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NEWS

NEWS

 
 

 

P.L. 114-41, the "Surface Transportation and Veterans Health Care Choice Improvement Act of 2015" includes a number of important tax provisions, including revised due dates for partnership and C corporation returns and revised extended due dates for some returns. This post provides an overview of these provisions, which may have an impact on you, your family, or your business.

Revised Due Dates for Partnership and C Corporation Returns

For 2015 domestic corporations (including S corporations) currently must file their returns by the 15th day of the third month after the end of their tax year. Thus, corporations using the calendar year must file their returns by March 15 of the following year. The partnership return is due on the 15th day of the fourth month after the end of the partnership's tax year. Thus, partnerships using a calendar year must file their returns by April 15 of the following year. Since the due date of the partnership return is the same date as the due date for an individual tax return, individuals holding partnership interests often must file for an extension to file their returns because their Schedule K-1s may not arrive until the last minute.

Under the new law, in a major restructuring of entity return due dates, effective generally for returns for tax years beginning after December 31, 2015 (2016 tax returns):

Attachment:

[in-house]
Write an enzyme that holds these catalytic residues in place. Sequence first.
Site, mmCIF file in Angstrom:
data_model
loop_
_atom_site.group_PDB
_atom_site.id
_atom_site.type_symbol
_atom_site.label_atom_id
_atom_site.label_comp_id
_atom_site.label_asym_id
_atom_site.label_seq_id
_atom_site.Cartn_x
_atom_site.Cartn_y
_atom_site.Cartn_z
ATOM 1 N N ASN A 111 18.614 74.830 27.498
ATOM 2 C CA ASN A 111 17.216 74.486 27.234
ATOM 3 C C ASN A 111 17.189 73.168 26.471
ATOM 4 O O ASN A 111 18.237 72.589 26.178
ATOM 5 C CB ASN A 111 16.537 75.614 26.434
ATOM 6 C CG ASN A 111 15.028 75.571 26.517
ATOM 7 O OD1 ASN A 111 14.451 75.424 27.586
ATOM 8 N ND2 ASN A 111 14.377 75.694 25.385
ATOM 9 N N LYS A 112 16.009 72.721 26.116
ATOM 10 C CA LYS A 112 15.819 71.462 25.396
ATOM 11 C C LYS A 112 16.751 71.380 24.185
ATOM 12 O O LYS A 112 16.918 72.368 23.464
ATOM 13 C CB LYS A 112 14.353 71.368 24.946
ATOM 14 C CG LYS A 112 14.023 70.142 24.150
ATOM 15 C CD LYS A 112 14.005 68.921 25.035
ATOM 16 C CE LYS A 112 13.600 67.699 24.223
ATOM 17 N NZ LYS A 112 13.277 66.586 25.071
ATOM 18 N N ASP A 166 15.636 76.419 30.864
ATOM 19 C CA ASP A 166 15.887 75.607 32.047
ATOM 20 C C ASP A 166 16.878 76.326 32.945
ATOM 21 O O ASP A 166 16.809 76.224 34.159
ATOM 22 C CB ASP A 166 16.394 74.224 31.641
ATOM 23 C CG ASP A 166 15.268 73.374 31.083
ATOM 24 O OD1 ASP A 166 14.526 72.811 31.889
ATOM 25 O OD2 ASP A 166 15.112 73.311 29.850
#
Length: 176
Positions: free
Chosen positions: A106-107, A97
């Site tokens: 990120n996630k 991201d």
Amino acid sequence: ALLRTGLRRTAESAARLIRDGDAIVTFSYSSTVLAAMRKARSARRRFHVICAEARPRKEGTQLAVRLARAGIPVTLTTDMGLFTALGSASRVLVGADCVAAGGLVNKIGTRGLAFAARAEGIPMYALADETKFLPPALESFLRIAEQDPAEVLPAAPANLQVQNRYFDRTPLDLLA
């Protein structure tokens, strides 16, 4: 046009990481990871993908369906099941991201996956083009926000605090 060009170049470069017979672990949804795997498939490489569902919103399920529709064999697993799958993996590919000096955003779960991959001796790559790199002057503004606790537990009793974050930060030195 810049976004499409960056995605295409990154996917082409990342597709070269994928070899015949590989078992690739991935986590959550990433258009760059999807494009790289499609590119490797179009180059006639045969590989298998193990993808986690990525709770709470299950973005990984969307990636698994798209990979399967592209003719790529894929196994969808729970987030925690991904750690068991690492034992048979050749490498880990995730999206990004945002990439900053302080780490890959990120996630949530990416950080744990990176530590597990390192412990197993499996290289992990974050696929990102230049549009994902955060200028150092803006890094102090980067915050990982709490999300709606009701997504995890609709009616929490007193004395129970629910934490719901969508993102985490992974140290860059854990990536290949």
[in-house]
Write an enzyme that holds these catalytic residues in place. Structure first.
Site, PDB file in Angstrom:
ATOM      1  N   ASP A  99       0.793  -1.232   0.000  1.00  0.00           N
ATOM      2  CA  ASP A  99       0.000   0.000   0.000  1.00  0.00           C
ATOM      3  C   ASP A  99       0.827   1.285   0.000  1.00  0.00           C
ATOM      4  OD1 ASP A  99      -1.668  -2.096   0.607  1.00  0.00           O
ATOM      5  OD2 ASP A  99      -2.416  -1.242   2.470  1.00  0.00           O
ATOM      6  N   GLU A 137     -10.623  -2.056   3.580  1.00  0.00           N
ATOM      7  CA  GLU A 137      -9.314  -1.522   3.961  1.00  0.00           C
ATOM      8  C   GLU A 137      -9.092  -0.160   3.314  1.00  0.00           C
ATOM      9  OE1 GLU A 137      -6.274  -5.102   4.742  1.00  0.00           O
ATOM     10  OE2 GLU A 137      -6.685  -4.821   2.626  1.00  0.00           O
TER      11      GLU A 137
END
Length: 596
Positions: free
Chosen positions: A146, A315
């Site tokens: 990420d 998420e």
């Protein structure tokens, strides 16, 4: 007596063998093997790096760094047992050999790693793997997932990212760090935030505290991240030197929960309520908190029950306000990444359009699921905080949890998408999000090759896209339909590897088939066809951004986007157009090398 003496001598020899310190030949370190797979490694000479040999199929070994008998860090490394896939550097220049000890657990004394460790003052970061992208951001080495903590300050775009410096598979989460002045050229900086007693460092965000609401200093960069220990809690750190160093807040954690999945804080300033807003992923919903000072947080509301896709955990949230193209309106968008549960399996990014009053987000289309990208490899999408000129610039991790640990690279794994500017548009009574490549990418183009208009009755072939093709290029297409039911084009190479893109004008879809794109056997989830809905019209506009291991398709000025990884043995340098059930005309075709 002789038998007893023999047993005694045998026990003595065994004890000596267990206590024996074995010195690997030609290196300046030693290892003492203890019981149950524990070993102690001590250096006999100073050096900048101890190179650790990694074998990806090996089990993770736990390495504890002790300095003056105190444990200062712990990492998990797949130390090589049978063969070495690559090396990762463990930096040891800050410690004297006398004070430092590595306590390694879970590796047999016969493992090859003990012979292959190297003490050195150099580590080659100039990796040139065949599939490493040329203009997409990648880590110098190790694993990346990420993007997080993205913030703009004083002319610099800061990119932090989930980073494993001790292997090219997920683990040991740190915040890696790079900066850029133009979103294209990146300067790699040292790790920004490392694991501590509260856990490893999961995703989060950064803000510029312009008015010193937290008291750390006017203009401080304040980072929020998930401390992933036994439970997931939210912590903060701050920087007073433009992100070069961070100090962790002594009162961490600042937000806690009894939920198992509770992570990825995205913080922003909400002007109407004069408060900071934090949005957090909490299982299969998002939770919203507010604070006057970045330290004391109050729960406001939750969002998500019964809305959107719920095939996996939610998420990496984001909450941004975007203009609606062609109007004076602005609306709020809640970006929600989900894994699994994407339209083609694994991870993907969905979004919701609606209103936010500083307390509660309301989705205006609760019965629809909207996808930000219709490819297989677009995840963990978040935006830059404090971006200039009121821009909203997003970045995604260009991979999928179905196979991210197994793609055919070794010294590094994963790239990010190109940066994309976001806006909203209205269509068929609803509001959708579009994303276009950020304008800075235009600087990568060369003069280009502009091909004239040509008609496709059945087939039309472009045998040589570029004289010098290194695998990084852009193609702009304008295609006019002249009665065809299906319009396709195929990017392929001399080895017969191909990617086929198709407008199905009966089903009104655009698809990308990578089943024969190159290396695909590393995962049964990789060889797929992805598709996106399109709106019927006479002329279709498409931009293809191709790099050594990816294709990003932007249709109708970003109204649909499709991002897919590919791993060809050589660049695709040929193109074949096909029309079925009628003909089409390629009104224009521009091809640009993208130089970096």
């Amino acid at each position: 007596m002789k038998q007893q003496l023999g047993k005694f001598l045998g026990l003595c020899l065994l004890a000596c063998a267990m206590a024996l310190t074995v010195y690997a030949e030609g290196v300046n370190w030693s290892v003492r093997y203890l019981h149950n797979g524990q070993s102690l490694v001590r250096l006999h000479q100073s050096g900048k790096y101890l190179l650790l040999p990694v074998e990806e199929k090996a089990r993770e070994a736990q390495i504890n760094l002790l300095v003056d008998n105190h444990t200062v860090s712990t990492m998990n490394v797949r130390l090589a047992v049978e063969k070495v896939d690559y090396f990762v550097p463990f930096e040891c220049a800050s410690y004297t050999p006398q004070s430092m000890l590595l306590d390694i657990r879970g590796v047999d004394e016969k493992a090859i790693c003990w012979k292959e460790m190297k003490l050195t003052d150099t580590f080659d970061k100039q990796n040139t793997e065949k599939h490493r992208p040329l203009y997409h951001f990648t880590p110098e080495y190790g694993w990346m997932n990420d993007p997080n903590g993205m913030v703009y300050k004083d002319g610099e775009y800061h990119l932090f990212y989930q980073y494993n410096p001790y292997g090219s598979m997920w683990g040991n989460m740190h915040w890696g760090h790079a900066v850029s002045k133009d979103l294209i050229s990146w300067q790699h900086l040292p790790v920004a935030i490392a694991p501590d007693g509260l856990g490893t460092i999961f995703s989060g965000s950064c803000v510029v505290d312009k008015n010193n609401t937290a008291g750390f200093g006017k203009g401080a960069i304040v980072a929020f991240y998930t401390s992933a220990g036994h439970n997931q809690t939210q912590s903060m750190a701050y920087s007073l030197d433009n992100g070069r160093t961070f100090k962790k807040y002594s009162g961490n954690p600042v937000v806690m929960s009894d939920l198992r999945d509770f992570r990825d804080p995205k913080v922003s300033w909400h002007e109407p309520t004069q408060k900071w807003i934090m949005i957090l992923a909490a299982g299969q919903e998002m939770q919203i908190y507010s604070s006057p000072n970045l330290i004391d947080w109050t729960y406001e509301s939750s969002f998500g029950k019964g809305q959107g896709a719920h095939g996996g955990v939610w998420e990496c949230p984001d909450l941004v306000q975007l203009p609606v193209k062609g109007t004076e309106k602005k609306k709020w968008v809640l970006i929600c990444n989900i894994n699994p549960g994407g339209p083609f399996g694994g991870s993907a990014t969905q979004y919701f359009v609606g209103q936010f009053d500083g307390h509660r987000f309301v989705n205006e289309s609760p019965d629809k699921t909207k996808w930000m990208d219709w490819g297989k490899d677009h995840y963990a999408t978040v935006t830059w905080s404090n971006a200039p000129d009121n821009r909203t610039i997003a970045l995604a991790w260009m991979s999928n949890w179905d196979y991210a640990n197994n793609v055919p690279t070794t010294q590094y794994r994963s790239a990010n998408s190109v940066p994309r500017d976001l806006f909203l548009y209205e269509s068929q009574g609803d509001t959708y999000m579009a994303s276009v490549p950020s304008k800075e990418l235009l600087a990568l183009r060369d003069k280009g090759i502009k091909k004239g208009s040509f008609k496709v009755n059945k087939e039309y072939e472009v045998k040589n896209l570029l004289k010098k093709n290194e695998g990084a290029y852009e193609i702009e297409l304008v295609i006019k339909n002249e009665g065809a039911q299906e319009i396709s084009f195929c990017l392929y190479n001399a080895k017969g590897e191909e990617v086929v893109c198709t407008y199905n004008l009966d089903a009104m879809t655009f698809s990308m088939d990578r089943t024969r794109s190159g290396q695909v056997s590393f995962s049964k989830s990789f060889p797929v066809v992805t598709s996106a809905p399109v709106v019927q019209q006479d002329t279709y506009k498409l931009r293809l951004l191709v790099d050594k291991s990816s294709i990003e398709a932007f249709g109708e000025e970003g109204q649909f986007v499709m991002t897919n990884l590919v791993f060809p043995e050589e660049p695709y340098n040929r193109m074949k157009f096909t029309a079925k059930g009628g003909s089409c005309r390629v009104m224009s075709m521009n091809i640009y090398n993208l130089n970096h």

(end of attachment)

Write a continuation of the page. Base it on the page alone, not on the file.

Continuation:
• Partnerships and S corporations will have to file their returns by the 15th day of the third month after the end of the tax year. Thus, entities using a calendar year will have to file by March 15 of the following year. In other words, the filing deadline for partnerships will be accelerated by one month; the filing deadline for S corporations stays the same. By having most partnership returns due one month before individual returns are due, taxpayers and practitioners will generally not have to extend, or scurry around at the last minute to file, the returns of individuals who are partners in partnerships.
  • C corporations will have to file by the 15th day of the fourth month after the end of the tax year. Thus, C corporations using a calendar year will have to file by April 15 of the following year. In other words, the filing deadline for C corporations will be deferred for one month.

Keep in mind that these important changes to the filing deadlines generally won't go into effect until the 2016 returns have to be filed. Under a special rule for C corporations with fiscal years ending on June 30, the change is deferred for ten years - it won't apply until tax years beginning after December 31, 2025.